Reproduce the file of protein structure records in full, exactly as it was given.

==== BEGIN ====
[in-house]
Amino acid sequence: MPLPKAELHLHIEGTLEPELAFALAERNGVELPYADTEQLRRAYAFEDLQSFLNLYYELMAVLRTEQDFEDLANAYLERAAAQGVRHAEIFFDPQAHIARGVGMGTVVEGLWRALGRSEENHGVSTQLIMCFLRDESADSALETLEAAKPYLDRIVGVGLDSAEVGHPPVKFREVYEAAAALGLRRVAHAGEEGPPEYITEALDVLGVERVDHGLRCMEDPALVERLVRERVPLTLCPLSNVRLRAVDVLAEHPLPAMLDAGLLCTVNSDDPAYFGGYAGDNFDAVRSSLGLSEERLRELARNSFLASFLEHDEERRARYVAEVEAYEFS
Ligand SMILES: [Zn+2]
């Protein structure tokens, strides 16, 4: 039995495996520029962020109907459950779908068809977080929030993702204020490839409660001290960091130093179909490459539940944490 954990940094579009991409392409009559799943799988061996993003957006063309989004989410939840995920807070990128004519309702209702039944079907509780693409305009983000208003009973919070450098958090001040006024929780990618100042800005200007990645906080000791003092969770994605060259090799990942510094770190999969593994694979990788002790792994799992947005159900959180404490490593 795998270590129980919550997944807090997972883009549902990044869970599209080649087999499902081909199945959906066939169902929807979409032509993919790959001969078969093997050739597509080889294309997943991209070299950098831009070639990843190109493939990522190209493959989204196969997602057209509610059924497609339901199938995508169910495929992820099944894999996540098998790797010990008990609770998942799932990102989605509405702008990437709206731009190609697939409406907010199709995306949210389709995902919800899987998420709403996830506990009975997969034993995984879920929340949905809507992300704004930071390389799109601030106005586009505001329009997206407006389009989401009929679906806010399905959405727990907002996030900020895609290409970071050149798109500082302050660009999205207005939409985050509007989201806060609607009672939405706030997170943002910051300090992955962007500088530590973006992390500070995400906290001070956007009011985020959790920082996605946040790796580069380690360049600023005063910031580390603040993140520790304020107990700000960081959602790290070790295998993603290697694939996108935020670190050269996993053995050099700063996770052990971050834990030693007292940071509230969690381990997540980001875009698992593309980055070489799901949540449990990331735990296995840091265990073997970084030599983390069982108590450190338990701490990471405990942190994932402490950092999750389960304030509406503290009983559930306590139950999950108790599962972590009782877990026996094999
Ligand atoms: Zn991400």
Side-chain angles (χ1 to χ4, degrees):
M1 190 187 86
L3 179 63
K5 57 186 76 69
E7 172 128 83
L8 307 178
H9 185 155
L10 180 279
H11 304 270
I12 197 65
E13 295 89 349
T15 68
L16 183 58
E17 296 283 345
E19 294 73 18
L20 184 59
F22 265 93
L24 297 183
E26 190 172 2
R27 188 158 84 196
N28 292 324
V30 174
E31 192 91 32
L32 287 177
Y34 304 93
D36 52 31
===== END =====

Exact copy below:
[in-house]
Amino acid sequence: MPLPKAELHLHIEGTLEPELAFALAERNGVELPYADTEQLRRAYAFEDLQSFLNLYYELMAVLRTEQDFEDLANAYLERAAAQGVRHAEIFFDPQAHIARGVGMGTVVEGLWRALGRSEENHGVSTQLIMCFLRDESADSALETLEAAKPYLDRIVGVGLDSAEVGHPPVKFREVYEAAAALGLRRVAHAGEEGPPEYITEALDVLGVERVDHGLRCMEDPALVERLVRERVPLTLCPLSNVRLRAVDVLAEHPLPAMLDAGLLCTVNSDDPAYFGGYAGDNFDAVRSSLGLSEERLRELARNSFLASFLEHDEERRARYVAEVEAYEFS
Ligand SMILES: [Zn+2]
């Protein structure tokens, strides 16, 4: 039995495996520029962020109907459950779908068809977080929030993702204020490839409660001290960091130093179909490459539940944490 954990940094579009991409392409009559799943799988061996993003957006063309989004989410939840995920807070990128004519309702209702039944079907509780693409305009983000208003009973919070450098958090001040006024929780990618100042800005200007990645906080000791003092969770994605060259090799990942510094770190999969593994694979990788002790792994799992947005159900959180404490490593 795998270590129980919550997944807090997972883009549902990044869970599209080649087999499902081909199945959906066939169902929807979409032509993919790959001969078969093997050739597509080889294309997943991209070299950098831009070639990843190109493939990522190209493959989204196969997602057209509610059924497609339901199938995508169910495929992820099944894999996540098998790797010990008990609770998942799932990102989605509405702008990437709206731009190609697939409406907010199709995306949210389709995902919800899987998420709403996830506990009975997969034993995984879920929340949905809507992300704004930071390389799109601030106005586009505001329009997206407006389009989401009929679906806010399905959405727990907002996030900020895609290409970071050149798109500082302050660009999205207005939409985050509007989201806060609607009672939405706030997170943002910051300090992955962007500088530590973006992390500070995400906290001070956007009011985020959790920082996605946040790796580069380690360049600023005063910031580390603040993140520790304020107990700000960081959602790290070790295998993603290697694939996108935020670190050269996993053995050099700063996770052990971050834990030693007292940071509230969690381990997540980001875009698992593309980055070489799901949540449990990331735990296995840091265990073997970084030599983390069982108590450190338990701490990471405990942190994932402490950092999750389960304030509406503290009983559930306590139950999950108790599962972590009782877990026996094999
Ligand atoms: Zn991400």
Side-chain angles (χ1 to χ4, degrees):
M1 190 187 86
L3 179 63
K5 57 186 76 69
E7 172 128 83
L8 307 178
H9 185 155
L10 180 279
H11 304 270
I12 197 65
E13 295 89 349
T15 68
L16 183 58
E17 296 283 345
E19 294 73 18
L20 184 59
F22 265 93
L24 297 183
E26 190 172 2
R27 188 158 84 196
N28 292 324
V30 174
E31 192 91 32
L32 287 177
Y34 304 93
D36 52 31